August 16, 2014


Here is a “listophile’s list” of sub-schools of bKa’-brgyud schools of Tibetan Buddhism:

1. Shangs-pa-bka’-brgyud
2. Dwags-po-bka’-brgyud
3. Mar-pa-bka’-brgyud
4. Karma-bka’-brgyud (or Kam-tshang-bka’-brgyud)
5. Tshal-pa-bka’-brgyud
6 ’Ba’-rom-bka’-brgyud
7. Phag-gru-bka’-brgyud
8. ’Bri-gung-bka’-brgyud
9. sTag-lung--bka’-brgyud
10. ’Brug-pa-bka’-brgyud
11. g.Ya’-bzang-bka’-brgyud
12. Khro-phu-bka’-brgyud
13. Shug-gseb-bka’-brgyud
14. Yel-pa-bka’-brgyud
15. sMar-tshang-bka’-brgyud
16. dGa’-ldan-bka’-brgyud (or dGe-ldan-bka’-brgyud)
17. gNas-mdo-bka’-brgyud
18. Zur-mang-bka’-brgyud
19. Zhal-snga-bka’-brgyud

What is common to all of these schools? I have a feeling it is the meditative practice of the Mahāmudrā doctrine. In my view, a school that does not recognize Mahāmudrā as its ultimate doctrine would never call itself bKa’-brgyud.


  1. To think that mahamudra is the common factor of all these schools(?) is tempting on first sight, but probably misleading. From my reading experience it occurs to me, for instance, that the transmission of Atisha's teachings and instructions (blos sbyong, lam rim, etc.) is not as prominent in some of these as it is in others of these. But in those "schools" where they are really prominent, such as in the 'Bri-gung-bka'-brgyud, its certainly integral, but not mahamudra-focused.
    Anyway, your assumption is provocative (in a positive sense). What could be an alternative or second factor? Many of these "schools" did not necessarily start out as an independent school, or they were not intended as "school". There was the intention to continue (brgyud) the instructions (bka') of Gam-po-pa and Phag-mo-gru-pa at a particular location, such as 'Bri, hence 'Bri-gung-bka'-brgyud. Assuming that these beginnings were predominantly mantric, I would say that an important factor has been the intention to keep certain instructions received from the guru authentically intact in an unmixed way. It often occurs to me that this way of keeping an instruction lineage unmixed, i.e. not to beef it up with other mantra instructions and with philosophical supports, relying purely on one transmission of instructions in each particular kind of practise, is "typically bKa'-brgyud-pa".


    1. Dear Jan, many thanks for your comments and critiques. So sorry for not being able to respond a bit earlier. I may make merely two points here. Firstly, of course and to be sure, any given Buddhist school, system, or tradition would and can have more than one special or typical features. The bKa’-brgyud school is no exception. While the (alternative or second) typicality that you ascribe to the bKa’-brgyud school is certainly worth-considering, I have a feeling that perhaps all Tibetan Buddhist schools would make the same kind of claim. Second, while it is true that various bKa’-brgyud schools and sub-schools would differ in their focus on certain meditative practices, I still think we should ask this question: Is there any bKa’-brgyud school or sub-school that does not have (or recognize) the Mahāmudrā doctrine as its highest or ultimate doctrine? Doctrinally, I am tempted to compare the various bKa’-brgyud schools and sub-schools to various kinds of temples with different designs, structures, materials, and size, but all temples without an exception have the golden copula/dome (dbu rtse). The Mahāmudrā doctrine is, in my view, the golden dome that adorns all bKa’-brgyud schools and sub-schools. The argument that also the non-bKa’-brgyud schools practice or endorse the Mahāmudrā doctrine would not undermine my assumption, an issue that I will take up with Dan below. At any rate, it is a mere attempt to understand the identity or rather the self-perception of the bKa’-brgyud schools. Many thanks again for engaging with the topic. Best wishes, Dorji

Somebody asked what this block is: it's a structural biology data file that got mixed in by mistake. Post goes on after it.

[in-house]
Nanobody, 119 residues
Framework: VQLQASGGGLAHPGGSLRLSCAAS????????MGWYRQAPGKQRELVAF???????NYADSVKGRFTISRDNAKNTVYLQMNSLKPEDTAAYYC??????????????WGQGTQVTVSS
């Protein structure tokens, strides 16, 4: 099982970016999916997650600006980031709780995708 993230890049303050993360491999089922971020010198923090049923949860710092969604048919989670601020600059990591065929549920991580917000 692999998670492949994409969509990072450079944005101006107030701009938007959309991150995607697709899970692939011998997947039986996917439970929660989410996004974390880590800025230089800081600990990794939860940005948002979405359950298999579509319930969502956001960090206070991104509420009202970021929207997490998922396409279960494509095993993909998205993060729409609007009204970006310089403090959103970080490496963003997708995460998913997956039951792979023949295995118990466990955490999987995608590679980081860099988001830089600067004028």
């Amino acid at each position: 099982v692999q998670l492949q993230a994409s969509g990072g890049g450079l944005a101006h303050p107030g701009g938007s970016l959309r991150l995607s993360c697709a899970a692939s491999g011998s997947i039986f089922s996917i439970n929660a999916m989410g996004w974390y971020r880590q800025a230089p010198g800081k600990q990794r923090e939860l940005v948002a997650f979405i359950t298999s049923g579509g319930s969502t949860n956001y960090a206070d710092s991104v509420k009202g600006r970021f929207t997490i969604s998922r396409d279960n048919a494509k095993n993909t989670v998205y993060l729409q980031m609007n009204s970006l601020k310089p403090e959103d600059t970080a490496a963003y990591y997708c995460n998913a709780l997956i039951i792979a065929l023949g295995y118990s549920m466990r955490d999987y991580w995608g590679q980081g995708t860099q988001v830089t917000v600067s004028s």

2. Hi Jan,

    I think I can attack Dorji's idea from a different perspective. There were Mahâmudrâ movements such as those of Padampa and Chagna (Phyag-na) and so on that weren't usually regarded as being any kind of Kagyu, and that had only lower-level impact on the schools designated as Kagyu. And of course Mahamudra teachings are in all the schools, no doubt about it (except Nyingma & Bon, unless Nyingma and Bon teachers assert otherwise, in which case we will have to defer to their higher wisdom). All the existing Kagyu schools have mixtures in them, not least of all the teachings of Phagmodrupa, who integrated Lamdre ideas into his own teachings. Just like Lamdre, Padampa's Zhije school also got "mixed into" the various Kagyu lineages, and may have served as reasons for their distinctiveness in earlier times (more than is conscious today). So I hope we don't have to assert too strongly the "purity" of the Kagyu lineages, or it's likely to lead us into perceived contradictions. Will have to think about this some more, as anyway we have been thinking about it for quite awhile, huh!

    1. Dear Dan, although your comments have been addressed to Jan, I take the liberty to reply briefly. To put it somewhat axiomatically, in my view, all bKa’-brgyud schools must necessarily accept the Mahāmudrā as ITS HIGHEST doctrine, but not all schools that endorse or practice Mahāmudrā can be called the bKa’-brgyud schools. It would not contradict the fact that many non-bKa‘-brgyud schools and scholars would endorse or practice the Mahāmudrā teaching. Those who regard rDzogs-chen, Zhi-byed, etc. as THEIR highest teachings may or may not recognize the Mahāmudrā doctrine EQUAL to their highest teachings but would usually accept and even practice the Mahāmudrā teaching as the correct teaching. I must run. Warm wishes, Dorji